Dr. Gail Myers


As the co-founder of Farms to Grow, Inc., an Air Force veteran, a filmmaker, a cultural anthropologist, and NAFSN’s leadership circle chair, Dr. Gail Myers has been at the forefront of advocating and leading agricultural justice for underserved farmers. Dr. Myers received her doctorate in anthropology from The Ohio State University. Beginning with her time in Ohio, she has worked to address the lack of narrative on Black farmers.

In 2001, while in her doctoral program, Dr. Myers organized Ohio’s very first statewide conference for African American farmers, called “Sustaining Communities: Ohio’s Black Farmers at the Crossroads.” This conference raised the issue of the declining trend of Black farmers and provided an opportunity for farmers to network and brainstorm solutions.

Upon graduating in 2004, Dr. Myers continued her transformative work by co-founding Farms to Grow, Inc., in Oakland, California. Farms to Grow is a 501(c)(3) nonprofit organization with a mission of building the capacity of underserved farmers to sustain and establish viable farm operations.

Dr. Myers’ proactive leadership did not stop in there. She has continued to raise awareness in California. In 2005, she served as the conference coordinator for the 19th Small Farm Conference. In 2013, Farms to Grow started the Freedom Farmers’ Market in West Oakland, which runs annually from June to November to bringing foods from socially disadvantaged farmers in areas surrounding Oakland into the city.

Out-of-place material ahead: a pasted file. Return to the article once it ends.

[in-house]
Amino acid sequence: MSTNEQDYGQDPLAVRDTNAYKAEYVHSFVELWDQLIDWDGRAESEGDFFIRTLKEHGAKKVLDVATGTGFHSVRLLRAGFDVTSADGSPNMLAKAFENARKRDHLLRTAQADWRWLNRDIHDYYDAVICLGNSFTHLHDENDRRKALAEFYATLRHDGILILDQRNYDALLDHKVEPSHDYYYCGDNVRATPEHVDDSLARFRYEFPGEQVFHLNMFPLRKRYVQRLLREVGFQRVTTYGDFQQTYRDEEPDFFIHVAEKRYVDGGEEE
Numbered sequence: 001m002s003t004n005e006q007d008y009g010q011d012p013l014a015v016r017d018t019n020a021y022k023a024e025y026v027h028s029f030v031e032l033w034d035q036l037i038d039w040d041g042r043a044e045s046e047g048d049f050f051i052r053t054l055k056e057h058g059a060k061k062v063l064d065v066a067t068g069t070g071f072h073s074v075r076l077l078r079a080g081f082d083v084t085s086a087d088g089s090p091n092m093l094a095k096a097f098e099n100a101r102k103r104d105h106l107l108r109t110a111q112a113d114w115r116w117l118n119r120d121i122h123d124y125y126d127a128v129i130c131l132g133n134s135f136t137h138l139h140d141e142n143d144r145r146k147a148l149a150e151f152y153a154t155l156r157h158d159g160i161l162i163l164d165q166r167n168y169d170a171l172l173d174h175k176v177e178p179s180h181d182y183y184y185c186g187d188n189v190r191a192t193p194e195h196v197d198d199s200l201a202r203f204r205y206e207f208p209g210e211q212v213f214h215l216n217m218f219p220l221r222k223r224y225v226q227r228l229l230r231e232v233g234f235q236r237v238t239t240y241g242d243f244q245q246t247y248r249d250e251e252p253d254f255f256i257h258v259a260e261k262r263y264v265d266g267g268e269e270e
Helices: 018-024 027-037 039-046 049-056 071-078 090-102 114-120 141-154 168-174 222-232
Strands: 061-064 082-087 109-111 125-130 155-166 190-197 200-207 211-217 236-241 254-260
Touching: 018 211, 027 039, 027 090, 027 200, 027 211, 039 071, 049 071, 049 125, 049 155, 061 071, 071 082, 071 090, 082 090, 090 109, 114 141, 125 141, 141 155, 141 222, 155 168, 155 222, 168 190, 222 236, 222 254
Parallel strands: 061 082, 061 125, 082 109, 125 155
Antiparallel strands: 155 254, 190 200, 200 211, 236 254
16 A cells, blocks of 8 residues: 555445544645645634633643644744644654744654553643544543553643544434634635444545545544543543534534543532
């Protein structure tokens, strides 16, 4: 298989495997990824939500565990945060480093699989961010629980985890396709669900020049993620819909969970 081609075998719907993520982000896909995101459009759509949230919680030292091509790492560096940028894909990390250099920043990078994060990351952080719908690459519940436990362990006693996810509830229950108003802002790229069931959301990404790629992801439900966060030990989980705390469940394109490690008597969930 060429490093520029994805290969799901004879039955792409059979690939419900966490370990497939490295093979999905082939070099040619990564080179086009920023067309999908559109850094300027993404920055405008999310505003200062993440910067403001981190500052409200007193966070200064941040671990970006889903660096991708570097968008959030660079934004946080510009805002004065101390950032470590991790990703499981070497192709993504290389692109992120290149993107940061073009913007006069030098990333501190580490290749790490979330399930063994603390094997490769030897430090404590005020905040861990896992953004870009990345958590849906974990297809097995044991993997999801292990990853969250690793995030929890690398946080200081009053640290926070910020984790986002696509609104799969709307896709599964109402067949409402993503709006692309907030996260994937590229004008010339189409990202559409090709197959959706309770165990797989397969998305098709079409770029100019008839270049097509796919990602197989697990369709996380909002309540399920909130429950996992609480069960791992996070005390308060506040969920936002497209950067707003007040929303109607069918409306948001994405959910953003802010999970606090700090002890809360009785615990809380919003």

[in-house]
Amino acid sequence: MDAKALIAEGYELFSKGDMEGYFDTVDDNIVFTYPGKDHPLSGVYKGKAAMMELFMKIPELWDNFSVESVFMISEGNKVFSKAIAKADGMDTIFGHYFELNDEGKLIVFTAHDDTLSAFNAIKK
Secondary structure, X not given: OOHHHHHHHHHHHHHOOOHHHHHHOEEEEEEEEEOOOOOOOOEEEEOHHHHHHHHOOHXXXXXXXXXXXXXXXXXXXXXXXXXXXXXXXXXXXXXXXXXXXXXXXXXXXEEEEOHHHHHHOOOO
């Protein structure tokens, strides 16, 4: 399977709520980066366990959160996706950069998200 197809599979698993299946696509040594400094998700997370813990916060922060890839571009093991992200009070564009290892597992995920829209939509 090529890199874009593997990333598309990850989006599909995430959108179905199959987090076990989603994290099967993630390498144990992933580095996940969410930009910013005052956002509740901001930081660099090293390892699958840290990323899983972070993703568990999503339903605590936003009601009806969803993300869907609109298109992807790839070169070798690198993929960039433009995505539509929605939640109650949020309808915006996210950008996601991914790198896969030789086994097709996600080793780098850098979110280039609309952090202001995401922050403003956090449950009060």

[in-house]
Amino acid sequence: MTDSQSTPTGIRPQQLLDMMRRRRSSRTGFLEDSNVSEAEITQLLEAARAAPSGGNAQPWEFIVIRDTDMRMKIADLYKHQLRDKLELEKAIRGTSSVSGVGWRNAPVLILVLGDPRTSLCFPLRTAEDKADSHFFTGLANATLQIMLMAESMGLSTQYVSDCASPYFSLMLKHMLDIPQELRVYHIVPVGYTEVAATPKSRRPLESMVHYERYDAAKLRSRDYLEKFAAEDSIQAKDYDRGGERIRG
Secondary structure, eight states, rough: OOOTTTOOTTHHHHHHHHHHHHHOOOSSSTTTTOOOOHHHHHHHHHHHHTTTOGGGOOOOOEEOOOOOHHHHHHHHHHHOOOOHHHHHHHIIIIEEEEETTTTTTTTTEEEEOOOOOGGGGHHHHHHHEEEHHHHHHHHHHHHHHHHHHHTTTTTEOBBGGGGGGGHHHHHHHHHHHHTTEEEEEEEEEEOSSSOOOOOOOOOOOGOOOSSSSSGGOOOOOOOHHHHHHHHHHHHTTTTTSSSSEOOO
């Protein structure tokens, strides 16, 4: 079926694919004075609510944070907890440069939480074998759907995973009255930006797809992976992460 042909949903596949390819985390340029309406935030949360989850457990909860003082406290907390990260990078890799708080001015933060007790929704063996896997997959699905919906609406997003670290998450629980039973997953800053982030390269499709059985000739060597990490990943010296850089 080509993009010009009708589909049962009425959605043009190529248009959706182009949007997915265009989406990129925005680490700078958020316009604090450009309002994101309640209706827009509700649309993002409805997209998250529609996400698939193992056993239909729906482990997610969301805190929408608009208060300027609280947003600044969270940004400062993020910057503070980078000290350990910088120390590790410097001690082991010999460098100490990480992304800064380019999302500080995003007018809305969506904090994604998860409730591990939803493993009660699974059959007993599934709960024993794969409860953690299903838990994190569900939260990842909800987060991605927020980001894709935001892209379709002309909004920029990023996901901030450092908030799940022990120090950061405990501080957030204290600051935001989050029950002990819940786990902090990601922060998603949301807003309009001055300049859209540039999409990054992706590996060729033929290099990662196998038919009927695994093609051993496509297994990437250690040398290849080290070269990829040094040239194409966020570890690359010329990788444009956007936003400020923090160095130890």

Dr. Myers has continued to identify awareness and communication gaps in agricultural justice issues faced by Black and other socially disadvantaged farmers. This ongoing issue prompted her to create a documentary film, “Rhythms of the Land.” In this film, Dr. Myers shares her interviews with over 30 Black farmers, sharecroppers, gardeners, and a weaver during her 2012 tour through 10 southern states. Her mission was to increase the visibility of the harsh realities faced by underserved farmers.

Dr. Myers’ work has gained national attention and recognition. In 2015, The Root recognized Dr. Myers as one of "7 Urban Farmers You Should Know." In 2018, Dr. Myers received the Justie Award, also known as the Advocates for Social Justice in Sustainable Agriculture award, from the Ecological Farming Association. She continues to be recognized for her work. Most recently (as of March 2019), she was recognized in an elementary school in North Carolina for Black History Month.

For more information on Farms to Grow, Inc., see its listing in the Sustainable Food Systems Sourcebook.


This feature was compiled and written by Michelle Shin, Cornell University class of 2019, based on notes from an interview with Dr. Myers by Kai Thomas, Cornell Class of 2022. An edited version of that interview is forthcoming.